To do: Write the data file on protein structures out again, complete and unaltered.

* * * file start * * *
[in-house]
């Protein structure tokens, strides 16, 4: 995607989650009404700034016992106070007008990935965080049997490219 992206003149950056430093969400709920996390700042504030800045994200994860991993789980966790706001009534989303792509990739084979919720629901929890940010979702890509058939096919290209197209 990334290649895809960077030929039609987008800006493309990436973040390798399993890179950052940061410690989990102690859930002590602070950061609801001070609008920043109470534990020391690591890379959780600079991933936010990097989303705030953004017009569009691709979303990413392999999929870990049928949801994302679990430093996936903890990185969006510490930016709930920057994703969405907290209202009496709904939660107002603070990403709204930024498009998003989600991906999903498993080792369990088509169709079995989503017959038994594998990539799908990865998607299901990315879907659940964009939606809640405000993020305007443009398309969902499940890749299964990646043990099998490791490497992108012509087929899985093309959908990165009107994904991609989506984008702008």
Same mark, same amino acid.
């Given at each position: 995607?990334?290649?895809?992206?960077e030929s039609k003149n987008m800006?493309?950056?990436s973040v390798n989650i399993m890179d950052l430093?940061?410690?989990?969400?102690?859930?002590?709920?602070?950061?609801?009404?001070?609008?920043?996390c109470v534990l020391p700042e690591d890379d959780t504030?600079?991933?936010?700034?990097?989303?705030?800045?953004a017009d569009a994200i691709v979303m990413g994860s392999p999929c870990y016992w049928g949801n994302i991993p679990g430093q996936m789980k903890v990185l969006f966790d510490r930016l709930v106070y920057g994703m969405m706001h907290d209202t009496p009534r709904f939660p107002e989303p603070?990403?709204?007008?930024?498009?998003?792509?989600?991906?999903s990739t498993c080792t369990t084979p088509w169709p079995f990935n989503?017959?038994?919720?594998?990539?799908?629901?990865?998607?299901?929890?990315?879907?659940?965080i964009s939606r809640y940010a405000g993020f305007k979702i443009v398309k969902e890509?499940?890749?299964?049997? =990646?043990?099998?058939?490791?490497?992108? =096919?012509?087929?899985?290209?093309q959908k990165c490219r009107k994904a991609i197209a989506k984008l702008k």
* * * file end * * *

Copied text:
[in-house]
């Protein structure tokens, strides 16, 4: 995607989650009404700034016992106070007008990935965080049997490219 992206003149950056430093969400709920996390700042504030800045994200994860991993789980966790706001009534989303792509990739084979919720629901929890940010979702890509058939096919290209197209 990334290649895809960077030929039609987008800006493309990436973040390798399993890179950052940061410690989990102690859930002590602070950061609801001070609008920043109470534990020391690591890379959780600079991933936010990097989303705030953004017009569009691709979303990413392999999929870990049928949801994302679990430093996936903890990185969006510490930016709930920057994703969405907290209202009496709904939660107002603070990403709204930024498009998003989600991906999903498993080792369990088509169709079995989503017959038994594998990539799908990865998607299901990315879907659940964009939606809640405000993020305007443009398309969902499940890749299964990646043990099998490791490497992108012509087929899985093309959908990165009107994904991609989506984008702008």
Same mark, same amino acid.
């Given at each position: 995607?990334?290649?895809?992206?960077e030929s039609k003149n987008m800006?493309?950056?990436s973040v390798n989650i399993m890179d950052l430093?940061?410690?989990?969400?102690?859930?002590?709920?602070?950061?609801?009404?001070?609008?920043?996390c109470v534990l020391p700042e690591d890379d959780t504030?600079?991933?936010?700034?990097?989303?705030?800045?953004a017009d569009a994200i691709v979303m990413g994860s392999p999929c870990y016992w049928g949801n994302i991993p679990g430093q996936m789980k903890v990185l969006f966790d510490r930016l709930v106070y920057g994703m969405m706001h907290d209202t009496p009534r709904f939660p107002e989303p603070?990403?709204?007008?930024?498009?998003?792509?989600?991906?999903s990739t498993c080792t369990t084979p088509w169709p079995f990935n989503?017959?038994?919720?594998?990539?799908?629901?990865?998607?299901?929890?990315?879907?659940?965080i964009s939606r809640y940010a405000g993020f305007k979702i443009v398309k969902e890509?499940?890749?299964?049997? =990646?043990?099998?058939?490791?490497?992108? =096919?012509?087929?899985?290209?093309q959908k990165c490219r009107k994904a991609i197209a989506k984008l702008k």